Ray Dowd of the Copyright Litigation Blog says the complaint "fails to mention Fairey's strongest potential defense: the poster is core political speech made during the course of a political campaign protected by the First Amendment. There is a lot of good case law about political speech, and the fact that the image was used and sold to promote a political viewpoint during a political campaign gives it a great level of deference."

Hold Your Horses

Sergio Muñoz Sarmiento points to a story about a public art controversy in Denver. I thought this was interesting to hear:

"City rules require any public-art installation to remain in place for at least five years, to honor the artist's intent and give the work a chance to grow on the public."

Sunday, February 08, 2009

"What makes people — even cops — think photography is a crime?"

Ann Althouse notes a story about a guy who was arrested after he "snapped a photo of a woman's bottom as she sunned herself in Central Park." He sued, and the city paid $8,000 to settle.

Saturday, February 07, 2009

"Beginning Feb. 17, the museum no longer will be open on Tuesdays. It already is closed on Mondays"

The Akron Beacon Journal reports that the Akron Art Museum, "facing a roughly 25 percent decline in its endowment, will close on Tuesdays, lay off employees and cut some other workers' hours." The number of exhibitions at the museum next year will also drop to eight or nine, down from 15 this year.

To the Editor

The New York Times runs a bunch of letters to the editor today on the Rose story. A sampling:

"My wife, my two sons, several of my closest friends and I graduated from Brandeis University. We are upset that Brandeis may sell some or all of its wonderful art collection. But we would be a great deal more upset if Brandeis were to lose top faculty, allowed gifted students to drop out, ignored infrastructure problems or closed down. In a meeting with alumni leaders in the fall, Jehuda Reinharz, president of Brandeis, stated that he would not allow a student to drop out because his or her parents could no longer afford tuition. I thought that was a wonderful position, and it made me prouder of my university than any work by Jasper Johns or Andy Warhol ever did. In these difficult times, Mr. Reinharz may not be able to keep his commitment. But I applaud his sentiment, and wish you would not make it more difficult for my university to try to do something wonderful. No one thinks selling art is desirable. But allowing students to have to leave school is not an acceptable alternative."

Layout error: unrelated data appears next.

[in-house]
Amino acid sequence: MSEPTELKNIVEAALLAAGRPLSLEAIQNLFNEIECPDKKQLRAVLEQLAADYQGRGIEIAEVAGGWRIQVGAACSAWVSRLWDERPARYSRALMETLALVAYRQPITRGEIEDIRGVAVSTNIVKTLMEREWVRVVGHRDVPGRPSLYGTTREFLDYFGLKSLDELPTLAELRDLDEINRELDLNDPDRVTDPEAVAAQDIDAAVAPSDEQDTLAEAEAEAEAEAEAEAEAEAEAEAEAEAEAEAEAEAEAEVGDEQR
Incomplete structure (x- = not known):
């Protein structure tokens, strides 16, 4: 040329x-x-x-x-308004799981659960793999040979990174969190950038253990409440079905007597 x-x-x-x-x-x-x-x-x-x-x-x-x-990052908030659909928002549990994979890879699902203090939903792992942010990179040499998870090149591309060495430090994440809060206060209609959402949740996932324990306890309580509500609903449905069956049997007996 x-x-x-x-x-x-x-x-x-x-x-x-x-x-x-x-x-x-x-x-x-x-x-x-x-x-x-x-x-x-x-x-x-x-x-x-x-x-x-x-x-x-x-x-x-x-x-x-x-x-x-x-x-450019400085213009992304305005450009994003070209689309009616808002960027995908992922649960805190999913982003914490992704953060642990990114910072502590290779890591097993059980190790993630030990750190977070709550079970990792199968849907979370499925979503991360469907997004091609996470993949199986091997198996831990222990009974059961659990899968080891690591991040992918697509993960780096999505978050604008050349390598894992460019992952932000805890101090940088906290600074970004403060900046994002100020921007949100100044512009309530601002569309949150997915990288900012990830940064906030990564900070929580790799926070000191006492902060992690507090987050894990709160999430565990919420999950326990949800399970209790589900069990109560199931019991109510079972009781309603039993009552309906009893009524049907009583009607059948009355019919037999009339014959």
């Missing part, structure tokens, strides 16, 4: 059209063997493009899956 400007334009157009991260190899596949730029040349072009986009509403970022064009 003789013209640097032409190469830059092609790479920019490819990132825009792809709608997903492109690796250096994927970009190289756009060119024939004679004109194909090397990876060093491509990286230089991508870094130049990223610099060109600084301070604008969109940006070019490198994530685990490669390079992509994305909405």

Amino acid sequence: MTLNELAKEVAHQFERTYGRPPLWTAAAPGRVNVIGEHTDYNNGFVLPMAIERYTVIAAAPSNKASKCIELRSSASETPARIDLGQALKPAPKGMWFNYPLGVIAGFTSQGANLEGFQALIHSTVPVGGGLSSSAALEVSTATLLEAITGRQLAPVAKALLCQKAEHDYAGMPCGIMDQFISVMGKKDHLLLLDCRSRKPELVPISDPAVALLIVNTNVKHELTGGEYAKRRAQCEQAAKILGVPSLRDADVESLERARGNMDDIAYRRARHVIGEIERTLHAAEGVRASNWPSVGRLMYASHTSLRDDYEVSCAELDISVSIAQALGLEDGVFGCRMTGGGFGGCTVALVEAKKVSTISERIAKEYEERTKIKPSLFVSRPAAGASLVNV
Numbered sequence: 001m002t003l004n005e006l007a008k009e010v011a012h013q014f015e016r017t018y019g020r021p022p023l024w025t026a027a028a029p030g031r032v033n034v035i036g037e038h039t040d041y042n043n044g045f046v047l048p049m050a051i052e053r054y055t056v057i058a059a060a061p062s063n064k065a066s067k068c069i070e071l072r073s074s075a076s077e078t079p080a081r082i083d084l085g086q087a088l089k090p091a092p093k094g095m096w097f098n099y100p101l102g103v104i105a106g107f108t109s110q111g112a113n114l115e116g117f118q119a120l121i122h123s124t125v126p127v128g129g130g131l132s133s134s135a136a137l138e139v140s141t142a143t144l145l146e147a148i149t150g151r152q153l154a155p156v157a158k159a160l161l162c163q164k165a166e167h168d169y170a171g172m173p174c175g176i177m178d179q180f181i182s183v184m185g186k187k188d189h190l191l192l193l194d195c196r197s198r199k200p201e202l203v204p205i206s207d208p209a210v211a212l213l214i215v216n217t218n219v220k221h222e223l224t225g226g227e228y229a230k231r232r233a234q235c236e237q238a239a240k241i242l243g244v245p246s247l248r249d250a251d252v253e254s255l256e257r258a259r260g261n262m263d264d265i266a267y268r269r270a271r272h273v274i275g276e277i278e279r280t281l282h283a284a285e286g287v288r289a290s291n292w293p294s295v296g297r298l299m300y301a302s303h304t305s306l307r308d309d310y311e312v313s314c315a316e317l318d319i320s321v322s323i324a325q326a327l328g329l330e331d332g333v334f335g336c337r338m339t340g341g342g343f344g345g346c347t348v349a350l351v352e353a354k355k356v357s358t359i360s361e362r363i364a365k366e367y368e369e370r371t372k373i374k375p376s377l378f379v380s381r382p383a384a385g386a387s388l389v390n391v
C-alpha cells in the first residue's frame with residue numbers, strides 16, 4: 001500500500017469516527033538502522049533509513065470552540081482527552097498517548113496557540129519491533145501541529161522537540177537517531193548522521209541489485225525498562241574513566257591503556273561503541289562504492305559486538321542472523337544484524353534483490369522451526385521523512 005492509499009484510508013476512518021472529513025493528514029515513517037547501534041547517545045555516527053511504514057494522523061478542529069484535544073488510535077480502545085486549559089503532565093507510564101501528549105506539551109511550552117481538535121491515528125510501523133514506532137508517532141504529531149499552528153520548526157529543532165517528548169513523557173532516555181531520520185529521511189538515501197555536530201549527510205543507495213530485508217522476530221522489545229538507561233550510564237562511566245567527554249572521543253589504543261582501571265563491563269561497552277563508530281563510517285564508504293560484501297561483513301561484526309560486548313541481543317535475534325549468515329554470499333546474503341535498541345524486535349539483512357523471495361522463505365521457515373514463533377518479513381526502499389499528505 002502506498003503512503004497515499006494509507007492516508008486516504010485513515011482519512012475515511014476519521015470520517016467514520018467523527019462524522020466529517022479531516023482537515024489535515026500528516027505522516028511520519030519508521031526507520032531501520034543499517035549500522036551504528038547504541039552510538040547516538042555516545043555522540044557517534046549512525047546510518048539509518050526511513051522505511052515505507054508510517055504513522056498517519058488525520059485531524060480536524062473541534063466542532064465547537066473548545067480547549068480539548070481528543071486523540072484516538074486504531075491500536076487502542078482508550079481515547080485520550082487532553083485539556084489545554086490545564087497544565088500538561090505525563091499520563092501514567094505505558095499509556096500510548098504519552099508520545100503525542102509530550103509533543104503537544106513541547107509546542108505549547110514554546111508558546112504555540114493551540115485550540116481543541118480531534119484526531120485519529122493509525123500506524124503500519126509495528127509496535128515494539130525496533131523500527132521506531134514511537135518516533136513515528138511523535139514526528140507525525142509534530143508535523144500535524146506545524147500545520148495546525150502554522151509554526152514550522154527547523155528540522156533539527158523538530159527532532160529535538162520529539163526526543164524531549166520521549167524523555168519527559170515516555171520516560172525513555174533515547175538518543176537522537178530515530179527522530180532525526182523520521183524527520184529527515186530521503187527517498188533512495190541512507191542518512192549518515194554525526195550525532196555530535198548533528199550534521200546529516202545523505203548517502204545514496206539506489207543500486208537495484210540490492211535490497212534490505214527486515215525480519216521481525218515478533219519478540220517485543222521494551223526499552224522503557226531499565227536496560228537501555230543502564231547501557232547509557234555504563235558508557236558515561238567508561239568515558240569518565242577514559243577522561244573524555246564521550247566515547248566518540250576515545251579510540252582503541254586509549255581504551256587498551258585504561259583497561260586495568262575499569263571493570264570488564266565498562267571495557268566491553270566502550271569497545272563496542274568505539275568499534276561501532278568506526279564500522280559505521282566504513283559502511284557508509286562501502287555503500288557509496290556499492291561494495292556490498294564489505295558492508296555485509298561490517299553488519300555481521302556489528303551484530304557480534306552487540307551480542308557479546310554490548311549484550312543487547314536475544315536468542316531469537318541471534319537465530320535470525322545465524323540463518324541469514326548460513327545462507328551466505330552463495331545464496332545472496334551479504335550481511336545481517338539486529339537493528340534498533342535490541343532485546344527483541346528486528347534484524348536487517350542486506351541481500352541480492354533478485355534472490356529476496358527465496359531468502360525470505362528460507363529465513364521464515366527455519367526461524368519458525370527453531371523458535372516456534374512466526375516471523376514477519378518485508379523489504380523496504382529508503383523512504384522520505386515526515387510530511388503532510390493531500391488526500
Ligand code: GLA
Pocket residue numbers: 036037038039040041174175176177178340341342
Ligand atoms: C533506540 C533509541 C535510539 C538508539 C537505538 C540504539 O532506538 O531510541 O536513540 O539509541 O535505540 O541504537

"[The decision] is a fundamental failure of understanding that a university museum and its art are ... an essential tool for learning ...." (This one is from Steven Henry Madoff, a senior critic at Yale University School of Art.)

As a Brandeis student and a three-year employee of the Rose Art Museum, I am heartbroken by the decision by Brandeis University to close the museum. But I have yet to hear any other feasible plan for saving Brandeis from fiscal ruin. Brandeis has already planned cuts across all departments, including a 10 percent faculty reduction .... Should we fire half of our professors? Close half our buildings? ... I hope Brandeis can find another way to survive this crisis. I love the art, and I love the museum. But I would rather have Brandeis without the Rose than no Brandeis at all."

"As a Brandeis student, I am saddened by the decision to close the Rose Art Museum. It is an invaluable treasure on this campus. After each discussion I’ve had on the issue, I’ve come to the same conclusion: I’d rather graduate from a university without an art museum than one without an art department."